I fell into panic mode shortly after I went to see my mental therapist. If, you remember, she mentioned my passionate quest for independence (AKA hand controls) was possibly a manifestation of denial of MS. In other words, after 11 years, I still hadn’t accepted Multiple Sclerosis. Wow, what a blow!
I was so taken aback because the entire premise of this site is based on acceptance. In fact, through this blog I have gained a considerable amount of support and reinforcement. Her question rocked my foundation. I felt as if it was comparable to calling me a fake or phony. I was on shaky ground.
One week flew by. I went back to see the therapist. (I have a standing weekly appointment.) I asked her to expound on the nature of my questionable acceptance. It seemed as if she put a spotlight on me and echoed, “Acceptance comes in layers.” I choose to compare it to a hot buttery Flaky Grands biscuit! You can easily peel the layers off. Usually the outer most comes off pretty quick an easy. The others require a tad bit more fine finger work, detail and precision.
This seemed to me a good enough analogy. I think she said I’ve conquered some layers, but maybe the innermost I’m still pulling back. Does that make sense? I haven’t cleared this analogy. But for now it soothes me. I can receive that perhaps I haven’t accepted MS in its totality. Maybe a non-handicap person using “my” bathroom stall doesn’t require getting the mall police involved! I admit that I may have blown the driving thing out of proportion. To be honest, it does bother me that nearly all of my friends and family think driving may not be a good idea right now.
I mean driving is a huge feat. On some level I think it’s going to rewind my life to “normal.” Am I setting myself up for a huge let down? Possibly, I need to do a bit more physical AND mental therapy before attempting to get behind the wheel!
Oh well, maybe I’ll go eat a darn biscuit! I’m hungry now!
I will NEVER accept MS completely.
[…] first, in a previous post, Flaky Layers, I compared my acceptance of MS to peeling back layers of a biscuit. My head therapist blessed the […]
I can see what she is saying. Driving is something we take for granted. It seems so easy when we are ‘normal’ but add a little neural instability and it can be dangerous. I am not in your shoes but I do experience occasional issues that I must be careful and more attentive to when I drive. I fight my issues daily and hate that I must accept what I have become…I guess I am working super slowly on my layers. 😉
I guess driving is a bit harder than I remember! We’ll work on those layers together!
This is also *my* MS journey; acceptance as “peeling the onion.”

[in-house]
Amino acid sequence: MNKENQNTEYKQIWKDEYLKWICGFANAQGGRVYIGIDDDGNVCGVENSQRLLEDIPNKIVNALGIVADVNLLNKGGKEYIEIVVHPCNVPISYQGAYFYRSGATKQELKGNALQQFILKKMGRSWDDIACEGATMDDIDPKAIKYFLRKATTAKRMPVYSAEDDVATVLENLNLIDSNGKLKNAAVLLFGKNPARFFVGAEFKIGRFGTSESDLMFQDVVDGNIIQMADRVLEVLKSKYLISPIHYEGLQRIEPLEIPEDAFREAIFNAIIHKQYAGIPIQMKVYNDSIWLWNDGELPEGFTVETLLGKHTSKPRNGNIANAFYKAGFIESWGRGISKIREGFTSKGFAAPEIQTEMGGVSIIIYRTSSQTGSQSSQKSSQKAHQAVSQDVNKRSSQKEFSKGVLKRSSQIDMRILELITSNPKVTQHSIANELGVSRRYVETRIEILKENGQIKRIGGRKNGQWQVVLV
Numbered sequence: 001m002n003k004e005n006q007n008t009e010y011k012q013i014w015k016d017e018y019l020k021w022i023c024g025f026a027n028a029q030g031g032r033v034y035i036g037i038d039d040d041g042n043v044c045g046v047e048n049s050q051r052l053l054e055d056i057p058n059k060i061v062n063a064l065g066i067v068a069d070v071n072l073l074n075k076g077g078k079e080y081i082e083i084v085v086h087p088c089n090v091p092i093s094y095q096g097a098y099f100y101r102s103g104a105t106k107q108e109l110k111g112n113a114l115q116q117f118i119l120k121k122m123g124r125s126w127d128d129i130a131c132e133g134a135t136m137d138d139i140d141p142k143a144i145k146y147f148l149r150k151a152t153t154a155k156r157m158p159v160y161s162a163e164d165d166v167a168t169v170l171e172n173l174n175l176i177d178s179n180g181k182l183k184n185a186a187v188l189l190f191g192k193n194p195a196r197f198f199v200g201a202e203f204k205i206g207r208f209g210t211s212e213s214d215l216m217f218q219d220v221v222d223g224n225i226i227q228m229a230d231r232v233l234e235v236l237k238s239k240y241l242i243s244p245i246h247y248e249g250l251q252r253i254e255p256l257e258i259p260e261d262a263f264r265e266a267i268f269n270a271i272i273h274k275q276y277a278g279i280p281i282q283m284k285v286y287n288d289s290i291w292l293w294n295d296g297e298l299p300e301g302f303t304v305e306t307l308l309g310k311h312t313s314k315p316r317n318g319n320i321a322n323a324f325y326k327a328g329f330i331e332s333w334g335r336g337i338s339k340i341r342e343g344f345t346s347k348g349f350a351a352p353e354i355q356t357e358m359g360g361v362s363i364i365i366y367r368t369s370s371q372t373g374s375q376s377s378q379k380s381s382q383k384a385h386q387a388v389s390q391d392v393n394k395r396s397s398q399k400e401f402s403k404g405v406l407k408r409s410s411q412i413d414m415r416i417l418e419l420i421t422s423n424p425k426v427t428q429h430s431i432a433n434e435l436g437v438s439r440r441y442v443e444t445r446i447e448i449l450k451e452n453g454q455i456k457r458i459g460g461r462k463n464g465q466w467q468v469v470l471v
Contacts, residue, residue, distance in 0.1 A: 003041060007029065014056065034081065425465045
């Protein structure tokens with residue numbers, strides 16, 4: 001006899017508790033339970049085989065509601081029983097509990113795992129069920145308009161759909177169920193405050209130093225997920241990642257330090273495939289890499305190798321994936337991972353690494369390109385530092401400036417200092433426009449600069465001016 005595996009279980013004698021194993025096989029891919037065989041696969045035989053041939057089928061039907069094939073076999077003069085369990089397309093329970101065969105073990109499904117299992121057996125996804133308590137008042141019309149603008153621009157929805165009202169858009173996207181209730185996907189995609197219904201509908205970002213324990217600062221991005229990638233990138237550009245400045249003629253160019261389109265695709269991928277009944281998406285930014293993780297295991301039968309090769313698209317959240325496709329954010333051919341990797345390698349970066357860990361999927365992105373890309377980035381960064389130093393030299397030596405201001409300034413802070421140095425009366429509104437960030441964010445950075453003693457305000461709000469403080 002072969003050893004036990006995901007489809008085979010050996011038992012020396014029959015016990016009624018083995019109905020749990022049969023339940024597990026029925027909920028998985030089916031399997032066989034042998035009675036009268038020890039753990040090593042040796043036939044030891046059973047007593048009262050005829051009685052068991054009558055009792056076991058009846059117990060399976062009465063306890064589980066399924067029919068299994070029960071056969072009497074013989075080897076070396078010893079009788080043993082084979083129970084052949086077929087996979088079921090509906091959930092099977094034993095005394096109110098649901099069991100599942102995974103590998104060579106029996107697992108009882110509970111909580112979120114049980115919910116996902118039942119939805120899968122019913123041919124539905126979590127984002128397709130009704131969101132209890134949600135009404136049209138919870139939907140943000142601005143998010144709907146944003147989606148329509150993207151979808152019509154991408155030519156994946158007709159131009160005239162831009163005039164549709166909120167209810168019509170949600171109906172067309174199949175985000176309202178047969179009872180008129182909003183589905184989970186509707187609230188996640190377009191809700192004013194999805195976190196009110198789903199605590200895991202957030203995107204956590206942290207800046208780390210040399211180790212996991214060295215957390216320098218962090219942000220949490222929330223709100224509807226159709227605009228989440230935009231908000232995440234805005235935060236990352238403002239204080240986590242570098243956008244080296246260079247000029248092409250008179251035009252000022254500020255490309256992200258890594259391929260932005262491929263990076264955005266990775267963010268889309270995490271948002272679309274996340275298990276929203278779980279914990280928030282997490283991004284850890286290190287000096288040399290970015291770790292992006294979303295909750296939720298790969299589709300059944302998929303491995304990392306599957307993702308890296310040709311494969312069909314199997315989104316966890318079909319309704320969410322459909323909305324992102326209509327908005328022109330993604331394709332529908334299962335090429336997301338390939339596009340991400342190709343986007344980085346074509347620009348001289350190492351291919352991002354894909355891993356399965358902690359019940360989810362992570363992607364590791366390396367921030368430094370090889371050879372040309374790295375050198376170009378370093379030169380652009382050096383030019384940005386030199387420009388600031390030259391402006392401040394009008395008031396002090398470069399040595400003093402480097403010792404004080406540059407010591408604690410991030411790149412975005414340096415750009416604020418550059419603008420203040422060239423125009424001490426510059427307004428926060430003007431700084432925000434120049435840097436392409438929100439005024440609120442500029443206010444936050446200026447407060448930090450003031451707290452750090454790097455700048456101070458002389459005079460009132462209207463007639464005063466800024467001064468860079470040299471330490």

My most-trusted medical folks are doing the same thing in treating the MS; peeling the onion. Fix what you can, first; then, fix what you can; repeat. It’s taking much longer than I’d like.
So is acceptance. (Sigh.) But, this is our task. So… what’s the first step? Do what you can. And together, we’ll smile.
Robert, yes and it doesn’t play by the rules! Onion. I like that. I also like “Do what you can.” It’s like falling and getting back up again.
I to do not get why wanting to be able to drive and getting hand controls to do so is equated with non acceptance or denial?
Not knowing all I suppose the therapist has their reasons but??
I would think that adapting ( whether it be use of equipment or asking others to help) and finding solutions to overcome obstacles that MS deals out would be a positive thing!
P.S. I enjoy your honesty
Jan judging from the comments I have recieved I have totally misconstrued her intent. I have to go back and make sure I understand what she means. I must have something wrong.
I don’t understand why your therapist equates wanting to drive again with non-acceptance. It seems to me that your willingness to investigate a new way of staying involved in the world would prove how well you are accepting your disability. I guess I just don’t get it!
Muff, I agree. Maybe next visit she’ll explain it to me again!
Layers, that’s a great way to describe it. I can personally say that you’ve come a long way. I remember a time when you never shared the challenges MS presented! This blog is proof that you are embracing the concept that your life is different.
Kisha, thanks for looking after me. As I look back, I was trying to be a particular type of person that disability didn’t fit into. There was no room for it in my fantasized reality. So as we say , MS showed up and showed out!